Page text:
Back for another spin at Vampire slaying, Wesley Snipes teams up with Ryan Reynolds and Jessica Biel for the most campy of all the Blade movies so far in what proves to be the highest concept yet: Fighting Dracula. So far, the Blade movies have written their own version of the vampire lore, and this movie is no exception with this new idea of who Dracula really is. Explained that the beast described in the Bram Stoker tale was a pea shooter compared to the real thing, the head vampire played by Parker Posey hunts down the final resting place of dear old Drake and wakens him to help destroy Blade. Convienient enough, this is actually a gold strike for the Nightstalkers (Reynolds and Biel) who have developed a virus that when combined with the "pureist" vampire blood (Dracula) will kill ever vampire on the face of the planet... Blade very possibly included.
Ok, so, cutting the shit, this movie was not nearly as good as the first two. Every movie has had a seperate director and in turn a seperate feel, while they have all been written by the same guy, David S. Goyer. Well, the first movie was tackled by the man who later brought us The League of Extraordinary Gentlemen (Stephen Norrington) and as we all know, did a wonderful job with his version of Blade. He made the movie a dark comic book with a lot of action, a lot of blood, and a lot of humor. Blade II was taken on by the director Guillermo del Toro, who later brought us Hellboy (do we see a comic book theme with these directors?). Hellboy was a huge success and a great comic book adaptation. His version of Blade was even darker than first and, in my opinion, had an even better story line. My brother Adam described it as a vampire version of a classic Shakespearian Tragedy.
Now we have this third in the series, and who could possibly be the director to take on such a feat to keep the movies going strong? Well, the obvious choice was the director of such movies as ... wait, the only movie he had directed before this was a drama called ZigZag? What directing credentials does he have? Oh yeah, none. Well, maybe he can pull it off because he seems to have a comic book understanding being that he wrote the movies Dark City, The Crow: City of Angels, Nick Fury: Agent of Shield and recently completed the screen plays for Batman Begins, Ghost Rider, and The Flash. This guy seems to know what he's doing right? Well, the fact that he also wrote Blade, Blade II and now Blade III should give him a pretty good advantage to direct this movie right? Wrong.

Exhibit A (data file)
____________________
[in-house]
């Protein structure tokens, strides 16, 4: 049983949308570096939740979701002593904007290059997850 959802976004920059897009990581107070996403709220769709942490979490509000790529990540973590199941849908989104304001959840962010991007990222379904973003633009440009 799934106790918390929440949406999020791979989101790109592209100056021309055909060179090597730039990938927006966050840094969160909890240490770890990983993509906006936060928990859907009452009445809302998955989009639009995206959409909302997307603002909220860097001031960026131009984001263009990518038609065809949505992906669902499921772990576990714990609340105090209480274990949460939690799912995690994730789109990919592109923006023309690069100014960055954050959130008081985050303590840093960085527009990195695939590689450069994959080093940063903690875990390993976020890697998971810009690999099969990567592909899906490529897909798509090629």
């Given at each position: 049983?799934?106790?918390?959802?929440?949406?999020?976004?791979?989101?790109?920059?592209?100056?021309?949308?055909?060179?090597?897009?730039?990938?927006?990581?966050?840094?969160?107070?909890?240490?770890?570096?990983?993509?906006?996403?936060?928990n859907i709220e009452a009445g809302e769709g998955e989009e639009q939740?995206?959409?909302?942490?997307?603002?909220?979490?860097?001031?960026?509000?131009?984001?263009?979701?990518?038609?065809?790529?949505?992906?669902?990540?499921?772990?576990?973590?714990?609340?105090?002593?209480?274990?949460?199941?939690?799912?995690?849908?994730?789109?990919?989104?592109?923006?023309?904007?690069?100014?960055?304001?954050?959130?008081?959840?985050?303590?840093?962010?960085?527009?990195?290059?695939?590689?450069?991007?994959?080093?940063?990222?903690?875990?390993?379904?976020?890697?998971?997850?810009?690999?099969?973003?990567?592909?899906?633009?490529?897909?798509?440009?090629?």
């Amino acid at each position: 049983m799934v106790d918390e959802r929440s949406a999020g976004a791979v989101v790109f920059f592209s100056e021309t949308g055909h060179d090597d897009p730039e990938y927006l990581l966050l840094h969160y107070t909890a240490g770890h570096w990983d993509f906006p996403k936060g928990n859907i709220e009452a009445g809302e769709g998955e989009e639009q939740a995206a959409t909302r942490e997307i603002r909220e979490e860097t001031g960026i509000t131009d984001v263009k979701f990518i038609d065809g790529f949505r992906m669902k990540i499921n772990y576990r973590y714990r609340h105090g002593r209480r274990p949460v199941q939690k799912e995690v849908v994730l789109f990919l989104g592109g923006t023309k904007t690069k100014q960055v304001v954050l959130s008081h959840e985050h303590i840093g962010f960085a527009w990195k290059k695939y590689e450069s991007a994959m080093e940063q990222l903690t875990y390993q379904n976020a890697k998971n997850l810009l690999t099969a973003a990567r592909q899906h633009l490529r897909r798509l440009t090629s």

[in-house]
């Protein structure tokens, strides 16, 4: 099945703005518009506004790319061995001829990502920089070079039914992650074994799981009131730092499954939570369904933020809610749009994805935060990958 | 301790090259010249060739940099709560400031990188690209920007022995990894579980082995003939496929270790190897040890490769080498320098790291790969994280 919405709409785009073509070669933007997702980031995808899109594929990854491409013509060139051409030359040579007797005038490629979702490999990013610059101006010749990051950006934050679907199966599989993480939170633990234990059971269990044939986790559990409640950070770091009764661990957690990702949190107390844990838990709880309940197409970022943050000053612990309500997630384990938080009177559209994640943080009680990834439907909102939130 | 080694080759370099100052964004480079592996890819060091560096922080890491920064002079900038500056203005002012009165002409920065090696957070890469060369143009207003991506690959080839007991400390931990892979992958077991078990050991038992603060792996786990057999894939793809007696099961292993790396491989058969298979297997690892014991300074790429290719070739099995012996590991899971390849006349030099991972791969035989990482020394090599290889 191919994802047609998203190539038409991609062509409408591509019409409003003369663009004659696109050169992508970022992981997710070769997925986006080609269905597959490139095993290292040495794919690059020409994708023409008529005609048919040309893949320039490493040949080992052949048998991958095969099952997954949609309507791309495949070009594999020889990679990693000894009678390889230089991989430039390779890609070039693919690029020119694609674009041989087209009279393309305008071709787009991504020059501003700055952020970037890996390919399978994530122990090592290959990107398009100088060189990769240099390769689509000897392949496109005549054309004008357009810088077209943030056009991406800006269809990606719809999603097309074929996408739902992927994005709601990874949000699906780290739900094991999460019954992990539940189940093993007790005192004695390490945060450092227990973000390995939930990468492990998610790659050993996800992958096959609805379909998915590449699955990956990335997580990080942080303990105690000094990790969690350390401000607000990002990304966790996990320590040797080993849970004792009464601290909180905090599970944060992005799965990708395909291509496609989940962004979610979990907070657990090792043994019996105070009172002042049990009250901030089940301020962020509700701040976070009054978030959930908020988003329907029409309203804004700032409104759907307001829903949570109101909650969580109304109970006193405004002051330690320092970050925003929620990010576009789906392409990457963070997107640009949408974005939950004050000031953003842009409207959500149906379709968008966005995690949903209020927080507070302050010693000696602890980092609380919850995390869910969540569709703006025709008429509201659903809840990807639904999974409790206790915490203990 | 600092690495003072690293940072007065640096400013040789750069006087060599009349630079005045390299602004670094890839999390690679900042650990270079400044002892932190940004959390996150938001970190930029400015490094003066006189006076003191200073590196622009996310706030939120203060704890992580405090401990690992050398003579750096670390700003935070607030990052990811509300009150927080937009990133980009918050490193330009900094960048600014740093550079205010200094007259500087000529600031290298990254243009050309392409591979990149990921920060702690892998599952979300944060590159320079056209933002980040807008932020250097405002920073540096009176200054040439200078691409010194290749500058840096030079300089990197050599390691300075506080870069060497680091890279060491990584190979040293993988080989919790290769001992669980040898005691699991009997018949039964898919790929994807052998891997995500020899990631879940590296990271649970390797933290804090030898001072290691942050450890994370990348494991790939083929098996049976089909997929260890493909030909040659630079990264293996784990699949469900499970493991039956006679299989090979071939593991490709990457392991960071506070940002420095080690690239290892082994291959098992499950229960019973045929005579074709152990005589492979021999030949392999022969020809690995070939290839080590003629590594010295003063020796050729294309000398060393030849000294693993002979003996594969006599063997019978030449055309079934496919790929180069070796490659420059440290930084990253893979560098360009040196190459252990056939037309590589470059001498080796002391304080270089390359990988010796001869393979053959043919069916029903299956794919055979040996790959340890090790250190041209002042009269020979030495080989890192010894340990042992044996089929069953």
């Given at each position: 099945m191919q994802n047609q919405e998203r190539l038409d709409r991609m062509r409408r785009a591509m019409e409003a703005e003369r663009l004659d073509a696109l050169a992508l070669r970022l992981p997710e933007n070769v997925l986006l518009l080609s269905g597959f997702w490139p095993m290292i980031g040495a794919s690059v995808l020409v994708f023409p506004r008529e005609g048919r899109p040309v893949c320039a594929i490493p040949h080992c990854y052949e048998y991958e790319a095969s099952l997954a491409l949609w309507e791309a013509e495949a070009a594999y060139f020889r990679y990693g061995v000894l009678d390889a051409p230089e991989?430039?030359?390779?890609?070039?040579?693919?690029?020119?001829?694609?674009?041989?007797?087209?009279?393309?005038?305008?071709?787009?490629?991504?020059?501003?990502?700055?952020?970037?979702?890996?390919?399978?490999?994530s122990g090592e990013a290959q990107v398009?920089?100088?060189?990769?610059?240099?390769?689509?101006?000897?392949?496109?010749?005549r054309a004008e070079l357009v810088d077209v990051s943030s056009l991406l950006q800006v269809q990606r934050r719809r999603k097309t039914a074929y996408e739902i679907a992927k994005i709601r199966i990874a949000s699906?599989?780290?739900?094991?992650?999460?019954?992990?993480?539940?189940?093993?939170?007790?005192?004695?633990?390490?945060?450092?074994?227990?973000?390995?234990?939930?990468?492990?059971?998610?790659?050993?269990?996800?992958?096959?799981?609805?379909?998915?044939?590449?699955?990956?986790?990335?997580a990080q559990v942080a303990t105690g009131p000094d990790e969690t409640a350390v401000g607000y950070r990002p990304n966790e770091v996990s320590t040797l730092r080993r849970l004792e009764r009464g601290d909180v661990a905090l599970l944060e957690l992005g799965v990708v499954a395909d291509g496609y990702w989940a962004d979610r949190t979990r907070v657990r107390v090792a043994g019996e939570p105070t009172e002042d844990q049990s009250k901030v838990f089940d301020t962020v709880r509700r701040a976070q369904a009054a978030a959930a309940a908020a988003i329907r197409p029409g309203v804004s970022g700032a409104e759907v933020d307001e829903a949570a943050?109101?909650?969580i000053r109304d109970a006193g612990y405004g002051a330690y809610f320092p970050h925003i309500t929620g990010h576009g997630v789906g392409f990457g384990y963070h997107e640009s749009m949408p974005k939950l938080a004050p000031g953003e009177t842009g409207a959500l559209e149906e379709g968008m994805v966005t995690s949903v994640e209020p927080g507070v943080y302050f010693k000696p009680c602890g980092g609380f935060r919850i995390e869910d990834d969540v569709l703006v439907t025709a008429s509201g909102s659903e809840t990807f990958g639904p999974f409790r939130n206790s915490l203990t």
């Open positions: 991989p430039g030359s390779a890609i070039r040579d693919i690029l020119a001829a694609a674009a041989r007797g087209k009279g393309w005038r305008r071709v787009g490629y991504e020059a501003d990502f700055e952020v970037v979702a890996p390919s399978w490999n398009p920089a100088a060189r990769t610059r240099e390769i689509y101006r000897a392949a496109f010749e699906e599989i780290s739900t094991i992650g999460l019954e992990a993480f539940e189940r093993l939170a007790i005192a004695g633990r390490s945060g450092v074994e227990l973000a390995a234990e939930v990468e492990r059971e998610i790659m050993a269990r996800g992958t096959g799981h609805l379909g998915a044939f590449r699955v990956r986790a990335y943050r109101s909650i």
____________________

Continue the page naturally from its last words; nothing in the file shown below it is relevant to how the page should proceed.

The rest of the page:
The directing made this a campy, over the top, cheesy action movie without any of the cool darkness of the original two. Maybe my opinion wouldn't have been as intense if I hadn't watched Blade II right before Blade: Trinity, but none-the-less, this movies directing was the one weak link in the chain.
That aside, Blade: Trinity was a lot of fun and quite enjoyable. The addition of the human of Ryan Reynolds I think is what really saved this movie; well, that and the beauty and intensity of Parky Posey, who worked well with Reynolds. Jessica Biel was simply there for eye candy and star power though, because her character, other than being Whistlers daughter, was unnessisary.
Now, initially when I heard that the story line for this final movie in the series would be Dracula, I was a bit uneasy because this legendary character has been played out to death, literally. How many Draculas have we seen? Well, a search in IMDB gives me at least 132 movies with Dracula in the name, and that isn't including all the movies and shows that feature him without a title mention. Let's face it, our society has been obsessed with Dracula, Drake, Vlad, The Dark Prince or whatever else it is we call him, and we are now sick of him. If we are going to tell a vampire story still, let's tell a new one shall we? This half human, half vampire kid who can walk around in daylight that kills other vampires... now that's a cool cat, let's tell his story. Oh, oh yeah, that's what this was supposed to be.
Well, the movie still works, the movie still plays as a Blade movie, and Dracula honestly is barely in it, which relieved me quite a bit. Snipes is getting a bit old and worn out to keep doing this though, which thankfuly this is the last time he'll have to. I am worried though, that someone will try to revitalize the charater and write a cheesy explanation about how and why Blade has to come back to battle more vampires or some other world menace. Please don't let it happen...
Completing the trilogy though, Trinity is a fun movie and I wouldn't miss it if you're a fan of the first two. If you hated the second one though, then stay away from this, as the original is the only one you're goign to enjoy. Just watch it over again.
Technical and Features:
While watching Blade II, I was noticing that the use of CGI was there, and when used apparant, but used smartly, and only when mechanical couldn't show what they wanted to show. Knowing now that director later did Hellboy, I understand why Hellboy was so good. In Blade: Trinty, the CGI has gotten so good though, that it's hard to notice when it's being used, which is much too often for my taste. The fact that it's hardly noticed though makes up for it, because it's damn good. I'm sure in another 5 years I'll be laughing at this CGI and praising that CGI, but this is how it is today.
Now, by reading that above review or critique, I'm sure you're thinking, "Oh man, he's totally going to give this movie a crap grade," and you are wrong. The review I wrote, my annoyance with this movie, only pertains to the fact that it's been driven into the ground, not on the movie as a seperate film. Blade: Trinity earns a B for humor, a B for action, a D for originality, and an A for special effects, which we all know averages out to a C+ overall. (Hmm, I should use this average thing again, it works pretty well.)